their initiative and self-expression, the people commenced to bring into realization what Lenin daily impressed upon them in simple and popular language. While the masses had been absorbed by the struggle and their creative work upon which they fell as the starved do upon food, Lenin diplomatically persuaded the people and forced the Party to organize not a simple army, but a "red army of the workers and peasants", to protect the conquests of the revolution, and to repulse the imperialists. Thus was created a huge strictly disciplined army, separated from the people and in juxtaposition to the people. Under the pretext of protecting and maintaining order and the fight against criminals was organized a most common garden variety of police force; under the pretext of fighting against speculators and counter-revolutionists was created a political secret police; while the promise was made that bureaucracy and its privileged clerks would be abolished, there had been created a bureaucracy the equal of which the world had never seen before. In fact, the new bureaucracy had come to be a new class of lords. Capital punishment, it was promised, would be abolished. Instead, wholesale shootings became an everyday occurrence.
The people were called to freedom, but were led into a stable of state slavery under which human life became less than worthless. The people were called to the banner with the promise of the abolition of piece-work remuneration and other sweat-shop methods of exploitation. Yet, no sooner had they secured the power, than, in the name of the good of the toiling masses and of socialism, it was found expedient "to apply in practice, and to investigate the value of piece work, and the application of any progressive and scientific points of the system of Taylor." (The Soviet Government Problems of the Day, Vol. 15, p. 209). Now after many years of communist over-lordship, Russia has become a country of terrible exploitation, and miserable compensation for the work.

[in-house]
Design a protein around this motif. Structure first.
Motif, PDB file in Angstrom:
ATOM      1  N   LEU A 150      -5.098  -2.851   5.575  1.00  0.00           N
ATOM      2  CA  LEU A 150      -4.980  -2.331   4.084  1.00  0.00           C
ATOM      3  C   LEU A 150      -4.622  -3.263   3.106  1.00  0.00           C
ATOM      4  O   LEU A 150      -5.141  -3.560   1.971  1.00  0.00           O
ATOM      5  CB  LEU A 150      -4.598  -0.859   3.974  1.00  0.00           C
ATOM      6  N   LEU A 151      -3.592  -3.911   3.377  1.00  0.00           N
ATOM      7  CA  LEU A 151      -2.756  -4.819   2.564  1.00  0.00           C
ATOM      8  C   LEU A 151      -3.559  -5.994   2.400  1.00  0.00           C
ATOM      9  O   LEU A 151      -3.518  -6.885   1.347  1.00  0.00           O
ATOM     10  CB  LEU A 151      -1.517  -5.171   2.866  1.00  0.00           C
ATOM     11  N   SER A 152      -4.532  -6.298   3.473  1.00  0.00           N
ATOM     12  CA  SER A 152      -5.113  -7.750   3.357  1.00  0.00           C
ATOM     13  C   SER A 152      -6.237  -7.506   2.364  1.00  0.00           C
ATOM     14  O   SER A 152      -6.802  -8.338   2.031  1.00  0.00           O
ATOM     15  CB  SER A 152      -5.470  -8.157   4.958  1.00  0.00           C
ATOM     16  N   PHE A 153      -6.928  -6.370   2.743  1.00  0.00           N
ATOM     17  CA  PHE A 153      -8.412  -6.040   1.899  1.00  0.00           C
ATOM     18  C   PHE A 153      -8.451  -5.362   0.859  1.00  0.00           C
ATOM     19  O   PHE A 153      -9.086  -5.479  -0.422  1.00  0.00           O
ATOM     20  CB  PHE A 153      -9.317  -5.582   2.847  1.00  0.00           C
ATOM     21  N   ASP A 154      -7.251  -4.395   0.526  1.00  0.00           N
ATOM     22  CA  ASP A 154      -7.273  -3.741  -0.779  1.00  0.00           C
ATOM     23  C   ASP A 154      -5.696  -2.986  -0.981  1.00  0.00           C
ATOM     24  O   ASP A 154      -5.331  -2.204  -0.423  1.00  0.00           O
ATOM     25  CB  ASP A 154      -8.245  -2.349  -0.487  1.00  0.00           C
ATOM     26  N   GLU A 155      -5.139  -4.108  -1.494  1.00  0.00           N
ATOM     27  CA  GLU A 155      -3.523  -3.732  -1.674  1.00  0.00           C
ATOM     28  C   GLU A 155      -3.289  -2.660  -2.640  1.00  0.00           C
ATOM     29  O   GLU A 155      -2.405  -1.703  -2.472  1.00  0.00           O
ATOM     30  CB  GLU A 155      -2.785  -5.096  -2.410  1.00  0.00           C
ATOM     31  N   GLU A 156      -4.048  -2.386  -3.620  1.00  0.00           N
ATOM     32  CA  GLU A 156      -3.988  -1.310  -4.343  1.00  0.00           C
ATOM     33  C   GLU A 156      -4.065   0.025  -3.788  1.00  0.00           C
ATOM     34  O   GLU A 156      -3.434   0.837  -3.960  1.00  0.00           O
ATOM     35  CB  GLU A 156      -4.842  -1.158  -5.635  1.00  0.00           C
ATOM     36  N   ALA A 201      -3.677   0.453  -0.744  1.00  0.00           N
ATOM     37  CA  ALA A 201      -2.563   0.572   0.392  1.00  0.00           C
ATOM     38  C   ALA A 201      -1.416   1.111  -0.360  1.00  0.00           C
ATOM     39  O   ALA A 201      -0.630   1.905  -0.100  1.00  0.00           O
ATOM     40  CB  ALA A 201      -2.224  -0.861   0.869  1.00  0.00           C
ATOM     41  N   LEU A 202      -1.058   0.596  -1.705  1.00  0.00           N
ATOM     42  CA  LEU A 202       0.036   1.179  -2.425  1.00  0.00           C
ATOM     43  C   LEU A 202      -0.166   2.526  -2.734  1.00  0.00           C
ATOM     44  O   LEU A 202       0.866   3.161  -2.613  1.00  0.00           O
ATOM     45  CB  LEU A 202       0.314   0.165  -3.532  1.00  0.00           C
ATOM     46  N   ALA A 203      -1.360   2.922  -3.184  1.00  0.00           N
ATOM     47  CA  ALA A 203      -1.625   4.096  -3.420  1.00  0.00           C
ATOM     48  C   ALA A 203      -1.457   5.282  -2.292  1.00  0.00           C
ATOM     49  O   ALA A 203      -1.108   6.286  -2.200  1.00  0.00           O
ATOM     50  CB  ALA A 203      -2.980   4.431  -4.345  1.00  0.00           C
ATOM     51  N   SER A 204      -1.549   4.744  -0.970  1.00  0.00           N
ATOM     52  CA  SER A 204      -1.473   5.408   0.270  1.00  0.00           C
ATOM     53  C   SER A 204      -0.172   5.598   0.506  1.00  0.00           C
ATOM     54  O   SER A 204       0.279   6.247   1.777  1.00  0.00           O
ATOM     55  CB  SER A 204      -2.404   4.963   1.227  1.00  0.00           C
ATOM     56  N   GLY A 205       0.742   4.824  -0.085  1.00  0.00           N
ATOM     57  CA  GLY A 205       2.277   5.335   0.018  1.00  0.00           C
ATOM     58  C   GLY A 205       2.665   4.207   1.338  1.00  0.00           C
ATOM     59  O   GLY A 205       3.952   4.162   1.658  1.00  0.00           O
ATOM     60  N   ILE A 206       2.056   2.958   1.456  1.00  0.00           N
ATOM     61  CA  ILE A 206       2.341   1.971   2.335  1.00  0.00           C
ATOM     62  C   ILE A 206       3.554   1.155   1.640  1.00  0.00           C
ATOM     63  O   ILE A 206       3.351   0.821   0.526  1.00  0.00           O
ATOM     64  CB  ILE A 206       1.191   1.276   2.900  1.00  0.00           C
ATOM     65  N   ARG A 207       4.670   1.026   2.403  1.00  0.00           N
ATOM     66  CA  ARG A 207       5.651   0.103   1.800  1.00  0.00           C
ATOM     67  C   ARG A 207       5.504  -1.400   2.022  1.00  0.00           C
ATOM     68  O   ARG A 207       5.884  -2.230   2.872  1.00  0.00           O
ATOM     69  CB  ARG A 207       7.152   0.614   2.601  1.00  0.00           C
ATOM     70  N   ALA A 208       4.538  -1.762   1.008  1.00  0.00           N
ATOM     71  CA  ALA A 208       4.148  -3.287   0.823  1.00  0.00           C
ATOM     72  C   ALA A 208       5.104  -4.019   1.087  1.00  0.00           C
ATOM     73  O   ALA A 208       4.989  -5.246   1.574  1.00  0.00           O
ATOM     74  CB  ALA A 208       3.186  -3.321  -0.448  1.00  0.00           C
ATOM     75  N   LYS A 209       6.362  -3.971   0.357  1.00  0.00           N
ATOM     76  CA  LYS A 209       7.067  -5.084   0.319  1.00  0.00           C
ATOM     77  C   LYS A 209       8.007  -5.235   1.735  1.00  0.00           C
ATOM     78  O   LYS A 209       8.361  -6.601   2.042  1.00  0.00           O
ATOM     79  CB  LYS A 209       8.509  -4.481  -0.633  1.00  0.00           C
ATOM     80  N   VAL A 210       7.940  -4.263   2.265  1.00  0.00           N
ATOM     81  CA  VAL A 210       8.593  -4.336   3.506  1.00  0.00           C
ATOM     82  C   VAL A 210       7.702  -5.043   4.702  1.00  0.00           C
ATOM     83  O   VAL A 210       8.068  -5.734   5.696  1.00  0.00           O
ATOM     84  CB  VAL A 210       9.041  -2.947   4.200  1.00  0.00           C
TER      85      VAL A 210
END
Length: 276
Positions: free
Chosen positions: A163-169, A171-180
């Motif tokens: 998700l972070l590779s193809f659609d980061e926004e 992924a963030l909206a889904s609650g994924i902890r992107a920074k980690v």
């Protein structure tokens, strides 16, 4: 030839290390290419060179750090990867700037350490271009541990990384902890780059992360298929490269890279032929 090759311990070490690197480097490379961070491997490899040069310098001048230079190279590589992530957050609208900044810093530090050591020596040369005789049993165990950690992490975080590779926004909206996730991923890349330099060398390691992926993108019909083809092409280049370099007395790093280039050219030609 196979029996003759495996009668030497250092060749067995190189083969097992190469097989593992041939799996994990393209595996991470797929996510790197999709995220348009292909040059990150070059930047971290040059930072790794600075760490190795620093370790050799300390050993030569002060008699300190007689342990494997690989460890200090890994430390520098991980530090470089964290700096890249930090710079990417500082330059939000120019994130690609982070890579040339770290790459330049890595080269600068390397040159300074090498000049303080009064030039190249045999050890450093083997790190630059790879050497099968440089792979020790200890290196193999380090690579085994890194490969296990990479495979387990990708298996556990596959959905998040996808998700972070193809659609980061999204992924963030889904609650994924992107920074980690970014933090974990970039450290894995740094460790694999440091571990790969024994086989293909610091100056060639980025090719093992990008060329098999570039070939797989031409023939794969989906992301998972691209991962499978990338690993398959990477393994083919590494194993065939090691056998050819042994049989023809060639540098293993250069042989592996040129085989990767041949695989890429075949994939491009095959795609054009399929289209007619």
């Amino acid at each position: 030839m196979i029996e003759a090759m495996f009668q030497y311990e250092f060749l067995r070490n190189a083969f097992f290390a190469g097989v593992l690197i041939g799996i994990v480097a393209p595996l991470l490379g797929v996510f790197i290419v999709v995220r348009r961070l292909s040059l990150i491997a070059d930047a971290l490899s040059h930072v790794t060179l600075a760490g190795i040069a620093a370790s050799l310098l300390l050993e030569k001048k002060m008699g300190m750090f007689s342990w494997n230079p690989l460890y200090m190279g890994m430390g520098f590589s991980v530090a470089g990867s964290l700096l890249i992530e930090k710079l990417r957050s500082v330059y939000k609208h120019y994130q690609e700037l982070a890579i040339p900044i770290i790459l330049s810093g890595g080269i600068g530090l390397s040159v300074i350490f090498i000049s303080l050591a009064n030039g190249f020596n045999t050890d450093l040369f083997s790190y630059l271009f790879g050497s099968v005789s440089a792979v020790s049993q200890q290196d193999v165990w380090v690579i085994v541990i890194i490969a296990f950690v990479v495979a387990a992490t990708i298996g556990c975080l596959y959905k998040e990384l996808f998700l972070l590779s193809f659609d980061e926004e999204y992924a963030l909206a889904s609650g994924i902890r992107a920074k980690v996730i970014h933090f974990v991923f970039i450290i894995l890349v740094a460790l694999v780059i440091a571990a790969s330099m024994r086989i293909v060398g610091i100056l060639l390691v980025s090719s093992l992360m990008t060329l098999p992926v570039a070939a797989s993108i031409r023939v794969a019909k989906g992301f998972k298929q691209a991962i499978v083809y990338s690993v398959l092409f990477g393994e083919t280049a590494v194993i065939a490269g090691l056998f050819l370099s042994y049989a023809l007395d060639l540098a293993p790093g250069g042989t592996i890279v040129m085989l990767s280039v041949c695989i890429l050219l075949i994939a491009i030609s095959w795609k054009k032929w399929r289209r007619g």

Prior to usurpation of the government powers, Lenin and the Bolsheviks maintained that every female-cook must take part in the affairs of the government. Yet, no sooner had they gathered the power to themselves, than Lenin declared to these cooks, "in order to govern you must know how." Do not shove your swinish snouts among the privileged. Where the goat is tied, there she must browse, and cooks must cook, not govern.
Only a while before, initiative and self-expression had been lauded. But no sooner had the usurpation of power been accomplished, than initiative and creative will of the workers were denounced as "petty bourgeois laxity." They were no longer praised as virtues and were replaced by a call for "discipline to the point of compulsion and dictatorship." (Vol. 15, p.213). Lenin began to talk of the need to introduce "unopposed obedience
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